This is an admittedly rather crude but yet still often very effective "hack" to bring them back to life, provided you don't overdo it to the point of causing more harm than good. This would be a hack to employ after other more "proper" ways of adjustment (e.g. tension screws or what not) have been attempted first.


I had a similar problem in the front brake of a Schwinn Loop folding bike, but the arm wasn't moving at all. It seems like it's all rusted inside, because I couldn't even take it off even after soaking it in WD-40. I did manage to move it a bit side to side, but with a lot of force. I'll try heat from a hairdryer in a couple of days when the new brakes arrive. But if it's stuck like that, you might need to change the brakes.


I had one of my v-brake arm sticking to the wheel this morning; I wanted to get to work on my bike so this is what I did:

  1. Remove the arm, plunge the base for 5-10 min in ultrasonic bath with degreaser solution (if you don't have one, just immerse it while moving the spring hub).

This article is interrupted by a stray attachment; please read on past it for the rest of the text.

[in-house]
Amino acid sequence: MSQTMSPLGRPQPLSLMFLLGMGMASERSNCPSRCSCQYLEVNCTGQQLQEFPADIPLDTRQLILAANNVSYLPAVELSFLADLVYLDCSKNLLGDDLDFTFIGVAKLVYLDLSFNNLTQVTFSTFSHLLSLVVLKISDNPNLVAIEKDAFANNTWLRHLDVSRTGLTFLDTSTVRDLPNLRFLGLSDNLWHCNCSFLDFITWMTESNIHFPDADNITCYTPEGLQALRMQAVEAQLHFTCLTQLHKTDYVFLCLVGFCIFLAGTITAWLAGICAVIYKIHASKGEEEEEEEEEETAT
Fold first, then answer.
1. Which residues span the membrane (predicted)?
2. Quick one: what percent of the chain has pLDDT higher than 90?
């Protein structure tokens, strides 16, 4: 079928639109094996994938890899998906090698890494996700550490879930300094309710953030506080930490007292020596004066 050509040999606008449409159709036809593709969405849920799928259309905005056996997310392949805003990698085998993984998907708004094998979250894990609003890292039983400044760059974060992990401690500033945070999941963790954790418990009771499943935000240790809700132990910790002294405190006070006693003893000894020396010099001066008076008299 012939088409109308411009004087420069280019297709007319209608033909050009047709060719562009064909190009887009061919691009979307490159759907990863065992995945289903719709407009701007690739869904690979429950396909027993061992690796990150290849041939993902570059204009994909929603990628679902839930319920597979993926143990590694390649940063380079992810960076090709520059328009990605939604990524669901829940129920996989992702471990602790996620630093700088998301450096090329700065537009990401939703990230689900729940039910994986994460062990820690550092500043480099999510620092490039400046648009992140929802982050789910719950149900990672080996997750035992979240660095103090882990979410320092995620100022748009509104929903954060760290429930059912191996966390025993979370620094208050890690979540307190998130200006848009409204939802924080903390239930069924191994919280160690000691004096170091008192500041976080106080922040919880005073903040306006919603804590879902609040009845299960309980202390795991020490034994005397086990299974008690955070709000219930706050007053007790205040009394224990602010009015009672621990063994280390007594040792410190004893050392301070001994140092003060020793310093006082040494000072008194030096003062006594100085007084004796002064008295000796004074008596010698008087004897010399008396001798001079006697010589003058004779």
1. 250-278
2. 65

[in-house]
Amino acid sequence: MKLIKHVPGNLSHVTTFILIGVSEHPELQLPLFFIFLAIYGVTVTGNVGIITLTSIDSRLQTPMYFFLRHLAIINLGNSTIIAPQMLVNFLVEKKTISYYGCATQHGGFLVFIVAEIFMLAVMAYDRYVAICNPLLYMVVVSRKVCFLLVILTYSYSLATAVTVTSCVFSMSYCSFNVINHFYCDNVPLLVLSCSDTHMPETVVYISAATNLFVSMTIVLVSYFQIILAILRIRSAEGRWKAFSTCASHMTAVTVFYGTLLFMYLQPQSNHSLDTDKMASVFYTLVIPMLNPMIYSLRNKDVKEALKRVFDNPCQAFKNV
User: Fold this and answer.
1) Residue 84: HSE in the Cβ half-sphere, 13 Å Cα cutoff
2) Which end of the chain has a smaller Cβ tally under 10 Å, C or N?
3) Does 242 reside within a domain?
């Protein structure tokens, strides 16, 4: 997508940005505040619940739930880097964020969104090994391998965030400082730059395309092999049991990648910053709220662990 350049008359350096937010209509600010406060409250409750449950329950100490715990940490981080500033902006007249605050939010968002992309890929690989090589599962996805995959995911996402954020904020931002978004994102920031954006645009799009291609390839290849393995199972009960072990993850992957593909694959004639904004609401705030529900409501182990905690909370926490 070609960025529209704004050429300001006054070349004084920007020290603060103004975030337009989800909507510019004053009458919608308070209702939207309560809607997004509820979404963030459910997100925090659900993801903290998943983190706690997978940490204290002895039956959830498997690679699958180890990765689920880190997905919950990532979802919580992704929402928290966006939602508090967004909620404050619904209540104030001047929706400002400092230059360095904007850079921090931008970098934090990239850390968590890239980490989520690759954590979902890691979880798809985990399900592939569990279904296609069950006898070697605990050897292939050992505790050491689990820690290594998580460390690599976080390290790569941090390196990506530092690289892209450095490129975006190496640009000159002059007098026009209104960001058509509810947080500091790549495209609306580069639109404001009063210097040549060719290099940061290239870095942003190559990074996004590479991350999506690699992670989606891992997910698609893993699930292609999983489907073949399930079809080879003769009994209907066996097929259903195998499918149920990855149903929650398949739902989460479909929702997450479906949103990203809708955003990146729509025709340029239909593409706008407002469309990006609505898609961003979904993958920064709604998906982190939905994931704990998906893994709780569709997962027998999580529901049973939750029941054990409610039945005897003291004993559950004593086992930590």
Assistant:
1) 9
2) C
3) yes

2. On the spring side, drip WD-40 on the hub while moving it until it comes out clear on the other end. Note that on top of cleaning it WD-40 also removes the water contained in the degreaser solution so it does not rust afterward (hint: WD-40 stands for Water Displacement, 40th formula...)

  3. At this point the hub should move with very little resistance. Wipe off and put thick oil on the hub while moving it so it penetrates.

  4. Reinstall and adjust screws to get even tension on both arms.

NB: I did not even bother removing the pad, I only immersed the bottom end with the moving base. Just try not to put any oil on the pad as it'll weaken it.